The notion that present-day Democrats regularly steal elections by engaging in concerted efforts to vote multiple times in funny mustaches is a myth, unsupported by data or fact.
– Dahlia Lithwick, Slate, May 24
As outlined at trial, the vote fraud scheme infected not only the actual voting process in November, but also the voter registration process preceding the election. Several persons, including the defendant Cusack, falsely registered to vote by claiming to reside at addresses within the precinct when they actually resided elsewhere. The actual residents at these addresses were asked to place name-tags on their doors that bore the names of the non-resident registrants. The defendants, and several others acting under their direction, also participated in a canvass of the precinct …. Although the canvass disclosed that a number of persons who were registered to vote in the precinct had died, moved away, or for some other reason had become ineligible to vote, these persons were not struck from the list of eligible voters. Finally, on election day the defendants, either personally or by acting through others, caused numerous false ballots to be cast for the straight Democratic ticket.
– United States v. Howard, 774 F.2d 838 (7th Cir. 1985)
[T]he U.S. Attorney in Chicago at the time, Daniel Webb, estimated that at least 100,000 fraudulent votes (10 percent of all votes in the city) had been cast. Sixty-five individuals were indicted for federal election crimes, and all but two (one found incompetent to stand trial and another who died) were convicted.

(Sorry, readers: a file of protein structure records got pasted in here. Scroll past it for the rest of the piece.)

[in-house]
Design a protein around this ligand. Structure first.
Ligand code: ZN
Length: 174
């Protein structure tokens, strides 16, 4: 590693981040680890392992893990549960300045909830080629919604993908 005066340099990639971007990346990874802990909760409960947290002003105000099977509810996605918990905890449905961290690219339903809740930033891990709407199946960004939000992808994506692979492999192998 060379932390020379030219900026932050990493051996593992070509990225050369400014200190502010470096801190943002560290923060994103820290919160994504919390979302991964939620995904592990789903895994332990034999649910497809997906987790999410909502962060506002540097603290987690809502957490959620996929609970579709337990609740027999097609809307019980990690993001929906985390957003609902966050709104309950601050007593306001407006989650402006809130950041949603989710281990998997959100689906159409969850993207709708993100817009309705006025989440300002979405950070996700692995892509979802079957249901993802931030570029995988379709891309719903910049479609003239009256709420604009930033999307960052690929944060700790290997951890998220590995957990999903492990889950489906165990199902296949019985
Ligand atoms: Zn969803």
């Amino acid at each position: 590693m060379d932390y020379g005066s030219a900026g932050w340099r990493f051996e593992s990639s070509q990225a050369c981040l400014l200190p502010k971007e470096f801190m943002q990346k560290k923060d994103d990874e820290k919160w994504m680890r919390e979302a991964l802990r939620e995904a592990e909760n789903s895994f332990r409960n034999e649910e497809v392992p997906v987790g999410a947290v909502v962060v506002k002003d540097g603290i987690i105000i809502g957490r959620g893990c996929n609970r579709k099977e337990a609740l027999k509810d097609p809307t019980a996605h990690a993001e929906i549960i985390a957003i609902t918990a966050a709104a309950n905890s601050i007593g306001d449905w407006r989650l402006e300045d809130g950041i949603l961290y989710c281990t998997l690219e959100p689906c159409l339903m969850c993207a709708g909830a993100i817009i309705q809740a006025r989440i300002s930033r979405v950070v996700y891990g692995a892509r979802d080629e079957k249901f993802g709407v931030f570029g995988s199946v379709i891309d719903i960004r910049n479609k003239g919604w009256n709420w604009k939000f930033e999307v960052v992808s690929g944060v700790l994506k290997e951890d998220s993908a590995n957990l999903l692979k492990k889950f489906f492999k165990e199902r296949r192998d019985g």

– Hans A. von Spakovsky, Heritage Legal Memorandum #23
Update: Some commenters complain that the 1982 example is irrelevant to Lithwick’s claim, because it is modified by “present-day.”
Present-day examples include 2007 cases in Hoboken, NJ, Noxubee, MS, and King County, WA—not to mention the unprosecuted voter fraud in Washington state in 2004, which affected the gubernatorial election. There may be many more examples, except Democrats are using lawsuits to block attempts to compare voter rolls with addresses.
Lithwick’s argument against present-day voter fraud is that there are very few prosecutions, and that therefore prevention measures are not needed. This is akin to arguing that, because very few people are ticketed for running red lights, there is no need for traffic signals. If there’s less voter fraud today, it’s in large part because of the prosecutions in the 1980s. Given Senator Obama’s appalling block on the van Spakovsky nomination to the FEC, and the liberal activism against preventing vote fraud, one worries that an Obama Justice Department will cease prosecuting voter fraud, and that there will be a return to the bad old days, in which case 1980s examples from when the DOJ first started prosecuting vote fraud are quite relevant.